WHAT TO DO WHEN AN EMPLOYEE IS CONFUSED AND FORGETFUL?

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Today, there is a much higher likelihood of aging employees developing dementia. Mandatory retirement is out. There are more older employees choosing to work.

Dementia in the workplace presents a complex scenario for all participants: employees, family members, employers and insurers.

Here’s a CASE STUDY:

Stan was a cracker jack chief financial officer of a national company. For many years, the CEO and the board relied on Stan to provide advice about any and all important financial or tax matters. They asked for and respected his counsel.

Unfortunately, Stan started to change. He would ask the CEO and other managers the same questions repeatedly. He lost his quick insights into complex matters. He was confused by numbers.

He made socially inappropriate decisions about strange women, even though he was very married. His demeanor became distant and his look was slovenly.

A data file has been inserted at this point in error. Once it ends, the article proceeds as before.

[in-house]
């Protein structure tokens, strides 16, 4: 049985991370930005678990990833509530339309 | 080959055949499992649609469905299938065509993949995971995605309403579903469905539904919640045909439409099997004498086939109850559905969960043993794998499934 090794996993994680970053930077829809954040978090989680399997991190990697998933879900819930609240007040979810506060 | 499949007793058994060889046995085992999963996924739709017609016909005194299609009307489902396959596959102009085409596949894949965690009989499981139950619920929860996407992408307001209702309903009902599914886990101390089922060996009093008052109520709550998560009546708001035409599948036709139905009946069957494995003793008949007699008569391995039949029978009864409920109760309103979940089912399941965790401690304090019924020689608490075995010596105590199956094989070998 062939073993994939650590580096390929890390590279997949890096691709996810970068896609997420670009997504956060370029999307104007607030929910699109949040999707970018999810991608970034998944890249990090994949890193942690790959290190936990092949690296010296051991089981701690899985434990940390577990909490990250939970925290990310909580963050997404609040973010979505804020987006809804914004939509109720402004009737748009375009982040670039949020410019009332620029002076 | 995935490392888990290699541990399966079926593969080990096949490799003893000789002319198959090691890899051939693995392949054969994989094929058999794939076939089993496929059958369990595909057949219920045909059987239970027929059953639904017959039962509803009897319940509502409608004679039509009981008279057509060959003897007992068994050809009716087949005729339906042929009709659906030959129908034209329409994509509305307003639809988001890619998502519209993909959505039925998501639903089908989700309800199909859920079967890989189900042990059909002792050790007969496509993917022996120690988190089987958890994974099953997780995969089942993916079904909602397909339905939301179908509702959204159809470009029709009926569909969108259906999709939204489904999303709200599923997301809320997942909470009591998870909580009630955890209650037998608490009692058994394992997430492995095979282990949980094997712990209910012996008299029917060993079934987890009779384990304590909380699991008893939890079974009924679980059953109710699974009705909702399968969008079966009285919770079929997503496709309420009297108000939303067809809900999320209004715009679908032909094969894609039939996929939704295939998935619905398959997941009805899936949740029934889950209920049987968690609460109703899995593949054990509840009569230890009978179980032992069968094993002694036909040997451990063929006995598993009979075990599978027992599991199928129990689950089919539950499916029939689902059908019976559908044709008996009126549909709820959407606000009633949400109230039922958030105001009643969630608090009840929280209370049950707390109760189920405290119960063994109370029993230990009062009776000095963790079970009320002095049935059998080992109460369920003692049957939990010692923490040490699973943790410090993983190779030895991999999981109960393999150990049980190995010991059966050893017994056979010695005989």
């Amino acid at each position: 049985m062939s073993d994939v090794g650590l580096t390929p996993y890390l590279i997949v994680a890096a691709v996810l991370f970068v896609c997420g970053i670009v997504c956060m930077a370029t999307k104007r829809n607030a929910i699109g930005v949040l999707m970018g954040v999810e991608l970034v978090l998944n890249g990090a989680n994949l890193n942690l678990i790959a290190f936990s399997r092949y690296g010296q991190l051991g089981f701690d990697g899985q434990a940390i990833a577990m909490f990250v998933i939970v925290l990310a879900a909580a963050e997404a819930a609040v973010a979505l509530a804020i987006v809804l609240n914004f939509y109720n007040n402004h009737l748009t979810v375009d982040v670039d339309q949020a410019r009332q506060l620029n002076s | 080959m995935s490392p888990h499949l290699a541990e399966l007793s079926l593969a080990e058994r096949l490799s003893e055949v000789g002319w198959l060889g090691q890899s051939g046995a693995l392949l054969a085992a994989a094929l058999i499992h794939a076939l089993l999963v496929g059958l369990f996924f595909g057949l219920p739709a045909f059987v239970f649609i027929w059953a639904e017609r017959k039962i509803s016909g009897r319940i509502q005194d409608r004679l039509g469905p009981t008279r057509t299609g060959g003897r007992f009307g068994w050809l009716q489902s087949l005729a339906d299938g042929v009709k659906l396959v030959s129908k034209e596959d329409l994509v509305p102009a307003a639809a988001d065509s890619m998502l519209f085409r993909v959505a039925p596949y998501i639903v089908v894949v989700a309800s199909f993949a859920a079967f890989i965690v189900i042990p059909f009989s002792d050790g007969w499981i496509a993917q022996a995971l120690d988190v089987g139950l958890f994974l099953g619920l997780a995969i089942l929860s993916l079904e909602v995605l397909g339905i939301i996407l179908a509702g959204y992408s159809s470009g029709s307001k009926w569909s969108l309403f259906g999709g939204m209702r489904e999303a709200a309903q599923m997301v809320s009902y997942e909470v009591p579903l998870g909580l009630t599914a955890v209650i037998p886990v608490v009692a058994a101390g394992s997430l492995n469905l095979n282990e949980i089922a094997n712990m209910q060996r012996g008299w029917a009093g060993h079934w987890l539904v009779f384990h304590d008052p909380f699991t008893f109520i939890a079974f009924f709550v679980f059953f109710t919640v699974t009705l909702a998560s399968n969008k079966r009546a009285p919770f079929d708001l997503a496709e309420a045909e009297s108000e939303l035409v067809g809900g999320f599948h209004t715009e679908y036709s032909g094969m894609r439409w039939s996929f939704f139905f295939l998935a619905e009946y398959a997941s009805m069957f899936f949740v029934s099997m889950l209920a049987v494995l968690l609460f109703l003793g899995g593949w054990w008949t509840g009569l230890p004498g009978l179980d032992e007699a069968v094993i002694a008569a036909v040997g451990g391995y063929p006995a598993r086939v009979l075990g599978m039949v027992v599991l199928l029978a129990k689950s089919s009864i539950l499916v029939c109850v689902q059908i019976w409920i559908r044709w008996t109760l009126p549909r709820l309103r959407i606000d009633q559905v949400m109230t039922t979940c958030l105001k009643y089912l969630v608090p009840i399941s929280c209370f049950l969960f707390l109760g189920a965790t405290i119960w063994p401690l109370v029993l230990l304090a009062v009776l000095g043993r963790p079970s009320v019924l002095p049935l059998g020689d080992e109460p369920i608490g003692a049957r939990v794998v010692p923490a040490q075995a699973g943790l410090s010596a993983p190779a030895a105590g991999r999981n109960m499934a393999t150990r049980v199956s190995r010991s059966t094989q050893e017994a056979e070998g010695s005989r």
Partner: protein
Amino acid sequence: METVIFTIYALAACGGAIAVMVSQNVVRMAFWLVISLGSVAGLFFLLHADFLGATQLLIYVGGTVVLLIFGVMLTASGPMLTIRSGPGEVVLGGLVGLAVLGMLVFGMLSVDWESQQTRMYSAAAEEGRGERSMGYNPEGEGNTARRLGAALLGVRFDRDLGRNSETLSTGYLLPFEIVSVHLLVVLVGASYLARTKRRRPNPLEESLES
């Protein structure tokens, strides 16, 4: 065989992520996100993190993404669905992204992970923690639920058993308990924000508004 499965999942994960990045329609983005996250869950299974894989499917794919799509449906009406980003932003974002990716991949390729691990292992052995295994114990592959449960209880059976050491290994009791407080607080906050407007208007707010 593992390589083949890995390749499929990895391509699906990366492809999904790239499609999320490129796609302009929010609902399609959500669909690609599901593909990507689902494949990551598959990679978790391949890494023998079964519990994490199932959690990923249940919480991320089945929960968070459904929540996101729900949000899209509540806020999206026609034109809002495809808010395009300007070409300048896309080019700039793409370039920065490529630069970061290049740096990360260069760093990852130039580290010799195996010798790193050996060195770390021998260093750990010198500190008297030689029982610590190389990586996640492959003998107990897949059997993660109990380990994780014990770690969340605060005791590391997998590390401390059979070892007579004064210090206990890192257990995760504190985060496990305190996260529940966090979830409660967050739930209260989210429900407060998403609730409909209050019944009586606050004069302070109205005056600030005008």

Here’s what happened:

Rupert Case Management Inc. (RCM) was retained by the employer to get to the root of the problem.

RCM’s team completed a case review. This allowed us to develop a detailed action plan for the employee. The employer chose to fund some of  the investigations.

The investigations that we ordered included a comprehensive neuro-psychological assessment and a PET/CT of the employee’s brain.

The results of both investigations were classical for dementia.

We assisted the employee in applying for long term disability with the insurer. The application was accompanied by our usual “green binder” of information and evidence to support the claim. The employee and his wife got approval for the LTD insurance.

This service provided by Rupert Case Management is called “benefits advocacy”.  It can be overwhelming for an employee with dementia and/or family members to navigate the demanding requirements of seeking approval for an LTD claim.

Throughout this process, RCM’s mental health assist team worked to support the employee and the family.  It is a big transition from cracker jack CFO to a patient with dementia.

We were retained by the family to assist the patient as his disease progressed and his relationships at home became more stressful.  The solutions required continue to evolve as does his disease.

Dementia in the workplace is not an infrequent event. A humanistic and knowledgeable approach supported by employers is essential.